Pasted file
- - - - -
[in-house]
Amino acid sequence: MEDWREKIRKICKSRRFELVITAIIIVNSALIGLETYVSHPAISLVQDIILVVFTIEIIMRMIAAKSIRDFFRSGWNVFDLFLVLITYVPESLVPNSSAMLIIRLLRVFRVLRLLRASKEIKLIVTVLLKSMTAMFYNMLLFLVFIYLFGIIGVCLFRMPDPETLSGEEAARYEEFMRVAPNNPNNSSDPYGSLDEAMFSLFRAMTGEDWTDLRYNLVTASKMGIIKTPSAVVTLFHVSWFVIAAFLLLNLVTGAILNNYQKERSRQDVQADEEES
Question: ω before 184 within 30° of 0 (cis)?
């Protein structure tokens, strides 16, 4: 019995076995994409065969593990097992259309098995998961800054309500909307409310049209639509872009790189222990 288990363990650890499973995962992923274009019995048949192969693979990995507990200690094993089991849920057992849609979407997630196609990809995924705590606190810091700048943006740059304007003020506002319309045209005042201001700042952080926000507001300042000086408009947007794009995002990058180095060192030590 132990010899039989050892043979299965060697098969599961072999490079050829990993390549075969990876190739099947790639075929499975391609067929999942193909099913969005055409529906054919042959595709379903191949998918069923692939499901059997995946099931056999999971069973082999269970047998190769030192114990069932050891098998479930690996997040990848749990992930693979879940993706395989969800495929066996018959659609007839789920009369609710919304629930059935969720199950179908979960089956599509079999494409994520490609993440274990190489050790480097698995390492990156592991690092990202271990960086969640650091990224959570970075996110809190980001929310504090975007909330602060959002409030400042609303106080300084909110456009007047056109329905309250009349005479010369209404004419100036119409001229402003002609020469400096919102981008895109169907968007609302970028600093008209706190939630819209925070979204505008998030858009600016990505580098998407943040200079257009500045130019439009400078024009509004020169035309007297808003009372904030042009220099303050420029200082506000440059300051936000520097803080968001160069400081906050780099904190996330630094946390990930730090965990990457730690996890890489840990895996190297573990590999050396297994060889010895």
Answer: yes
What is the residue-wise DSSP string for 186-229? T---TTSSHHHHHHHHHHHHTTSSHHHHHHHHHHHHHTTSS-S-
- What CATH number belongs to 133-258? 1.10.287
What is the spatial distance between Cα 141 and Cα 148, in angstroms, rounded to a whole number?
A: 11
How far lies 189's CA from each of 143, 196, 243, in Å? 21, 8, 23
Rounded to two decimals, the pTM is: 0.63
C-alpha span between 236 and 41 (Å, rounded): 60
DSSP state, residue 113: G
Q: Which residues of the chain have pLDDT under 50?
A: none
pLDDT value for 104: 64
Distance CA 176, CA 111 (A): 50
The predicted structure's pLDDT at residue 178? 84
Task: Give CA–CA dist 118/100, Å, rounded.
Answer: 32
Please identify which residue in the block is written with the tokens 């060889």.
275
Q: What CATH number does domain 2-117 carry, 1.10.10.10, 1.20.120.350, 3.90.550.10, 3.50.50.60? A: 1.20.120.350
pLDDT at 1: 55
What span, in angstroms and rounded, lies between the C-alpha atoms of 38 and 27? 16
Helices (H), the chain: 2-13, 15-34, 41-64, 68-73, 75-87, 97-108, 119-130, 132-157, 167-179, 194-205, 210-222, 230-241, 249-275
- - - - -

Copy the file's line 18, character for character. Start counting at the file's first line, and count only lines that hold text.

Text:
The predicted structure's pLDDT at residue 178? 84